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Marwan Salem bin Haider, VP and Chief Information Officer at DEWA, explains the e-service developments his organisation is launching, and the advantages they can bring for both utility and customer
From behind a desk impressively massed with the latest gadgetry, Marwan Salem bin Haider, Dubai Electricity and Water Authority’s (DEWA) Chief Information Officer, enthusiastically explains the latest eService creations.
“DEWA’s core business is to deliver electricity and water, and ultimately at the end of a month, a bill has to be paid. So far we have around 13 methods of payment, and all of our methods are listed on our website. Customers can pay through the site, with mobile payments, through banks, Etisalat machines, for example, as well as at our offices.”
DEWA’s approach to creating these payment options was to keep everything in-house – retaining control over development and final design.
“As I tell my people – it is ‘to be or not to be’. Either we will do it ourselves or we’ll never do it. We are the only government department available on so many devices, and this has all been done internally.
"We never paid even one dirham for any outsider. We have saved a fortune – hundreds of thousands of dirhams.”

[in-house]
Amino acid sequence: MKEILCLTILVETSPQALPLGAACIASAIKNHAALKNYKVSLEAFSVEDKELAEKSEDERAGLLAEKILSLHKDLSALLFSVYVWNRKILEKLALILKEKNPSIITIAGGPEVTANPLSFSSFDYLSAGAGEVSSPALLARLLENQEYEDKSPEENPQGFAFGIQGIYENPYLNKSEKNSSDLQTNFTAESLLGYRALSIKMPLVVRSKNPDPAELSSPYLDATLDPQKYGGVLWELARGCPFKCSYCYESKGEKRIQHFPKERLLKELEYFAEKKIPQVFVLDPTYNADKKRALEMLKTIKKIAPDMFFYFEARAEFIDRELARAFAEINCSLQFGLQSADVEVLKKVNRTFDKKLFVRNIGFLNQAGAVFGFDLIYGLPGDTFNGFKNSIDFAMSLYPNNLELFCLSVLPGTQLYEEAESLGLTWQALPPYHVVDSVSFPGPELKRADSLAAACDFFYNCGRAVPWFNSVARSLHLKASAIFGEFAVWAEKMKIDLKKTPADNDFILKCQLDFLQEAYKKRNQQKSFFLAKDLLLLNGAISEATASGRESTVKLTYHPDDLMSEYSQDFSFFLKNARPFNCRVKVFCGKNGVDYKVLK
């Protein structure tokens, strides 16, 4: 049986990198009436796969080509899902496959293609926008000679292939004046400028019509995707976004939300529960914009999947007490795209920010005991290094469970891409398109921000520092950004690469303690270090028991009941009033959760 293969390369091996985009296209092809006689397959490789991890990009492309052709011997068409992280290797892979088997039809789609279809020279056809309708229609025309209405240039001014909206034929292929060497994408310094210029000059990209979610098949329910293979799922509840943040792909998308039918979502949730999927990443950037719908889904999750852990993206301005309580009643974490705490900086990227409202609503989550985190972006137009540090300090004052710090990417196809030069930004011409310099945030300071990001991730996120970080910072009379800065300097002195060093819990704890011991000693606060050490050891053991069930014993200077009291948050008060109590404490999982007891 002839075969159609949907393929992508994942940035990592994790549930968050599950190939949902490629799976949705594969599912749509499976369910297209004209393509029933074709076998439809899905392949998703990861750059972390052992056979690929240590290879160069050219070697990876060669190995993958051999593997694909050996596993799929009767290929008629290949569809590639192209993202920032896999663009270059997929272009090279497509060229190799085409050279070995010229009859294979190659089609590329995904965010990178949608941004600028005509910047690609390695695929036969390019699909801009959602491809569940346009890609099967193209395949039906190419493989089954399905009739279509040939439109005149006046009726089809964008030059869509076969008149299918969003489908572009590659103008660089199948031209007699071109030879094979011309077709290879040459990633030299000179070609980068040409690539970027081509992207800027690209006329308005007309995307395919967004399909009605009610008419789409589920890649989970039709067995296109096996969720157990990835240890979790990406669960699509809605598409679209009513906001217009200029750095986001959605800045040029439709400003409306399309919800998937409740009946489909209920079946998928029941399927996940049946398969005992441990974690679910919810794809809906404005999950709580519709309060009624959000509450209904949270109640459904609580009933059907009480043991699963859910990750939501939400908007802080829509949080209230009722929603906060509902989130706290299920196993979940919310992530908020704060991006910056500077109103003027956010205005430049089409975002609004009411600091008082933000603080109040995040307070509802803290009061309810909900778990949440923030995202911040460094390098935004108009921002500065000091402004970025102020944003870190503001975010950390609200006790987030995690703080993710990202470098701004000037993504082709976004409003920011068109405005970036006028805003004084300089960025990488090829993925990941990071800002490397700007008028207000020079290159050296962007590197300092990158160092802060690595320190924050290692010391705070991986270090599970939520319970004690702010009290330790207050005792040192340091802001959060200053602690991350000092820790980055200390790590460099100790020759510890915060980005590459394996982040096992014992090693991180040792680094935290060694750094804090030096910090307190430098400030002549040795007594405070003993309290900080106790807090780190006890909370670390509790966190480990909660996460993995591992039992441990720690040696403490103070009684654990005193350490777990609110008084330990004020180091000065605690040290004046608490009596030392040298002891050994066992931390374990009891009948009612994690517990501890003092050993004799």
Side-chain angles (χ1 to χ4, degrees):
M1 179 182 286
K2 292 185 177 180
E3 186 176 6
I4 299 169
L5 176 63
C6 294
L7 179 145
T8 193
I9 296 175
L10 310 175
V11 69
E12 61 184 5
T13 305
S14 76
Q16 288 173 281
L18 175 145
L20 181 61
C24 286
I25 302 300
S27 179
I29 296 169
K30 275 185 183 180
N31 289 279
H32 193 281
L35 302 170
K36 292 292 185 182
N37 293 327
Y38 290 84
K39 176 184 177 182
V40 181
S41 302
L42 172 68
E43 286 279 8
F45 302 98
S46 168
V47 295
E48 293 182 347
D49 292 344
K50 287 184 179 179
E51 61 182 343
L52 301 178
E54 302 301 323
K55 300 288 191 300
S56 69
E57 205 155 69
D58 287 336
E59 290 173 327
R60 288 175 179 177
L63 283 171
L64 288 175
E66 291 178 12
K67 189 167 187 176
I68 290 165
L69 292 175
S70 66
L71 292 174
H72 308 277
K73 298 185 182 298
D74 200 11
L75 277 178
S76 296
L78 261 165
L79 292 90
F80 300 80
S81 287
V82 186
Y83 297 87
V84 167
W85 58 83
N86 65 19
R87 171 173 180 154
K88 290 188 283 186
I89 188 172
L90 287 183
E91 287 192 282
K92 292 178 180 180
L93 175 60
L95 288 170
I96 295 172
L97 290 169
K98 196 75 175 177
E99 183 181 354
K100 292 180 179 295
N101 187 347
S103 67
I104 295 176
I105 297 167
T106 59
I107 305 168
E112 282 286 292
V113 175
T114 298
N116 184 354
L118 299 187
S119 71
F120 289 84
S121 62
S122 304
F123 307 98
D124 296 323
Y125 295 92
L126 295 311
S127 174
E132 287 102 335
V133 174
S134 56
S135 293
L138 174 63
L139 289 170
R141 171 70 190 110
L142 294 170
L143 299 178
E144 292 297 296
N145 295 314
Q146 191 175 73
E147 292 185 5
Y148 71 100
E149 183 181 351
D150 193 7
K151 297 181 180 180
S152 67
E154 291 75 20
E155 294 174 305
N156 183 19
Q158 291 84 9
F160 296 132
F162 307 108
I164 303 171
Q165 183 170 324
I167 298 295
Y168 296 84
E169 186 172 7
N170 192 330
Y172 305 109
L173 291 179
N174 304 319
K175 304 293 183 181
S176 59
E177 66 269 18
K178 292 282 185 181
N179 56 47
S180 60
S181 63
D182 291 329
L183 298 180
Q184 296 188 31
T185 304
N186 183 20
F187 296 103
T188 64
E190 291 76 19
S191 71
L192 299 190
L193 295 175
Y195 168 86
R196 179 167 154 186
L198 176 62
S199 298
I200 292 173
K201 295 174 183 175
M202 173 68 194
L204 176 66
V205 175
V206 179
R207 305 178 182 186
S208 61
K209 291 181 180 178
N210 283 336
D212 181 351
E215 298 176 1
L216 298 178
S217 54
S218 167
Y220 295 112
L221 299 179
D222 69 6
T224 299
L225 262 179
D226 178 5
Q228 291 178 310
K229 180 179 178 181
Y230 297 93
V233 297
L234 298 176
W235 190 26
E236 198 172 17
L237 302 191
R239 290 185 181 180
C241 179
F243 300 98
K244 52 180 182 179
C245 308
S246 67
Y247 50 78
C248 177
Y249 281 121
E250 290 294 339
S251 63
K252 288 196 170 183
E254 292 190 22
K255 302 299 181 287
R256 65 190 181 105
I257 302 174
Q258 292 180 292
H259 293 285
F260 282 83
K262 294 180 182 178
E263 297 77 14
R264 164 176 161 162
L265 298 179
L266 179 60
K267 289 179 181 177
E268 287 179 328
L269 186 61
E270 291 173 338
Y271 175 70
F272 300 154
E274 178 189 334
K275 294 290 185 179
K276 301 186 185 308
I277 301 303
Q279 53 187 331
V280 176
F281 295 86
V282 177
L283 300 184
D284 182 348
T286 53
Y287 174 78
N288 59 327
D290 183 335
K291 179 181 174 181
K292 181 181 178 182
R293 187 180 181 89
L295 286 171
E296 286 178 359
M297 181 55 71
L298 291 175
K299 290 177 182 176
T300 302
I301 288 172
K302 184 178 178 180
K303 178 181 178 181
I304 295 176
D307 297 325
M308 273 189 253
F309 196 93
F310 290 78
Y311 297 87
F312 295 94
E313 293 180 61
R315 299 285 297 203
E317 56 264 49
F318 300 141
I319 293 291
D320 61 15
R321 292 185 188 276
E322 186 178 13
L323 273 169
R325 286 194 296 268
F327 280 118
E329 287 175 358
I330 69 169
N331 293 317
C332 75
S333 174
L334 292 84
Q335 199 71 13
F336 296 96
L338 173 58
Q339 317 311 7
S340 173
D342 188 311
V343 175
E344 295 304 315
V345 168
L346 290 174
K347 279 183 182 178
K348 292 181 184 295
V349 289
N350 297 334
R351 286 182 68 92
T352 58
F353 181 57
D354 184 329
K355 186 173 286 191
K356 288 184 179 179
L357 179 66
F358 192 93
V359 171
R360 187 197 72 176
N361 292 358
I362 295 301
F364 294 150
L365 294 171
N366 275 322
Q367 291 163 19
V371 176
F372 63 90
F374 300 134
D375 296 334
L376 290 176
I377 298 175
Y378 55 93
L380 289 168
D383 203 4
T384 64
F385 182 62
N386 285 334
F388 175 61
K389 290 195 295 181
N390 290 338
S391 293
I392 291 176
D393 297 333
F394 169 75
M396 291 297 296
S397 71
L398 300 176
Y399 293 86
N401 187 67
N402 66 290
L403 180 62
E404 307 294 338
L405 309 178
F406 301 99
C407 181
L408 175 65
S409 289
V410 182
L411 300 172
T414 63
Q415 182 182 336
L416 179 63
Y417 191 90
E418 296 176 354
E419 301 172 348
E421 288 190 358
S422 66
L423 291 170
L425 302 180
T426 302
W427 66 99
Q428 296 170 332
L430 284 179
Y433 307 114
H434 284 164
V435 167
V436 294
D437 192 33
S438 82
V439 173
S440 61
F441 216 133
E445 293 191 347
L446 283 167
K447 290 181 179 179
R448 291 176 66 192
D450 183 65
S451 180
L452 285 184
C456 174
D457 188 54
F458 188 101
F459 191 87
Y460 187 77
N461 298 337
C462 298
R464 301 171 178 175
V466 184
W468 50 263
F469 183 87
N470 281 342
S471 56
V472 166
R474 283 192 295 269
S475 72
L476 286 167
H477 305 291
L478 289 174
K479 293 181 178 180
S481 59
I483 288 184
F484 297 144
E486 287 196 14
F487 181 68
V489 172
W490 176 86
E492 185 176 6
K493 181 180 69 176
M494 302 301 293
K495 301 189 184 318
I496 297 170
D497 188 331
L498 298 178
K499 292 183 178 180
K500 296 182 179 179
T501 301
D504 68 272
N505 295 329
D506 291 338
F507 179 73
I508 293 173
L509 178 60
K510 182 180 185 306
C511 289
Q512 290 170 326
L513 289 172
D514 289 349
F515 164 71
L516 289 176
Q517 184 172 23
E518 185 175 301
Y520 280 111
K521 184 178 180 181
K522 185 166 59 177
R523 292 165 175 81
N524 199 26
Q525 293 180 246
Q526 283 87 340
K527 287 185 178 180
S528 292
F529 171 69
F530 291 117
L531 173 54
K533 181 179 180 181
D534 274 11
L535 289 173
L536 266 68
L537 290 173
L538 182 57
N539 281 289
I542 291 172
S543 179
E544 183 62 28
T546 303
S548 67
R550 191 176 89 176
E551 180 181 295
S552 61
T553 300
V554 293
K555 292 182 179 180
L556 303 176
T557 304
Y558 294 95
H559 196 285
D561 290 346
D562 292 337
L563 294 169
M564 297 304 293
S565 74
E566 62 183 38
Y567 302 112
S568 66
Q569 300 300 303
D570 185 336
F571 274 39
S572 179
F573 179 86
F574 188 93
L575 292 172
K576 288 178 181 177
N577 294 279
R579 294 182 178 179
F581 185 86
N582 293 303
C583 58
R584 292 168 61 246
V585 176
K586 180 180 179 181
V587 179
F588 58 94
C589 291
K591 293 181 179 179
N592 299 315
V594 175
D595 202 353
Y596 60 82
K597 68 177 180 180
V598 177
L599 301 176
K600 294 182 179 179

The adoption of eServices has really taken off for DEWA, with 53.7% of its customer base using the online services during H1 of this year. However, there are plans to push this even higher.
“We would like to increase it as much as possible. We actually tried to get a benchmark with other countries [on eAdoption rates]. 53% is a big achievement. When you consider the 2.1 million online transactions in 2011 – that’s 2.1 million customers who avoided visits to a DEWA office. That’s huge.”
One of the most interesting new eServices now available allows customers to log in to DEWA’s website to track their own energy consumption. Customers are presented with an online graph that provides an easy visual medium to compare their water and electricity consumption over time.
By providing a means to track their own usage – comparing it on a monthly or yearly basis – DEWA believes that customers will be encouraged to seek ways to lower their monthly consumption.
“As they say – you cannot improve what you can’t quantify; what you can’t measure. This will, for sure, help people to see what they are doing and I can guarantee that the consumption will go down for many people. People will want to keep consumption down.
“We also don’t just show them the problem. We also provide a lot of conservation advice on how to bring consumption down. Beyond DEWA’s water pipe and meter, it’s the customer’s responsibility. It goes back to the behavior of the people who live in the house.
Usually the owner doesn’t think about these things, but now he can easily see what he is using and will know when he is paying more.”
The “eConsumption Graph” was soft-launched at the beginning of August, and with no fanfare for its launch, attracted 7,000 users within the first two weeks.
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